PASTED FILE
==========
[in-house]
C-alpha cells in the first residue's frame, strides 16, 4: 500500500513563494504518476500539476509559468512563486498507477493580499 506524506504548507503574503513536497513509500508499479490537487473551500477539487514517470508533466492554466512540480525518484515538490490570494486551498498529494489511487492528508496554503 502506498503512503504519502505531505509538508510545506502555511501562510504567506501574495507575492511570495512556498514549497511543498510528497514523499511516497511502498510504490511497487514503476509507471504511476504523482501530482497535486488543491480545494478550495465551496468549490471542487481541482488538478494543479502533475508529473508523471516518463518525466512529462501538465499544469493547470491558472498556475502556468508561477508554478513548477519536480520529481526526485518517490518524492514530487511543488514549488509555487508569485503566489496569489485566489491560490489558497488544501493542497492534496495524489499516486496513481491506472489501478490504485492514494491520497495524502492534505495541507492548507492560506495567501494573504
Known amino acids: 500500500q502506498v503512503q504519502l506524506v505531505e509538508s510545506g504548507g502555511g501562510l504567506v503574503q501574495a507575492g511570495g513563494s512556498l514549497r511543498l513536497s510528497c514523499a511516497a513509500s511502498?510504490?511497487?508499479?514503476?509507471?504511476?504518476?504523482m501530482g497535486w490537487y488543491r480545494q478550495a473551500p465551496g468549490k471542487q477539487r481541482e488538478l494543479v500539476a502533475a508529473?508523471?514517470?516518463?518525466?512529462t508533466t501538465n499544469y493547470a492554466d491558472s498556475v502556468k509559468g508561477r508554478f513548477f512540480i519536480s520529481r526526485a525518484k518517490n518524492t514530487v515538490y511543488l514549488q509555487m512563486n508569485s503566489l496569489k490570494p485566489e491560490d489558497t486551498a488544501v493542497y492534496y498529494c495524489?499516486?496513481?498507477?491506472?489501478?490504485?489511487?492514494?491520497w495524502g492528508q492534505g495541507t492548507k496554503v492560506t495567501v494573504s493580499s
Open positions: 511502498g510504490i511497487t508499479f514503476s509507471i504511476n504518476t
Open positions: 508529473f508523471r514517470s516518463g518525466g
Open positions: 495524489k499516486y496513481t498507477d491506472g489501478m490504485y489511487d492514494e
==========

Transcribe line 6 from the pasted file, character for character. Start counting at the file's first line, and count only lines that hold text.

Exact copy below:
Open positions: 495524489k499516486y496513481t498507477d491506472g489501478m490504485y489511487d492514494e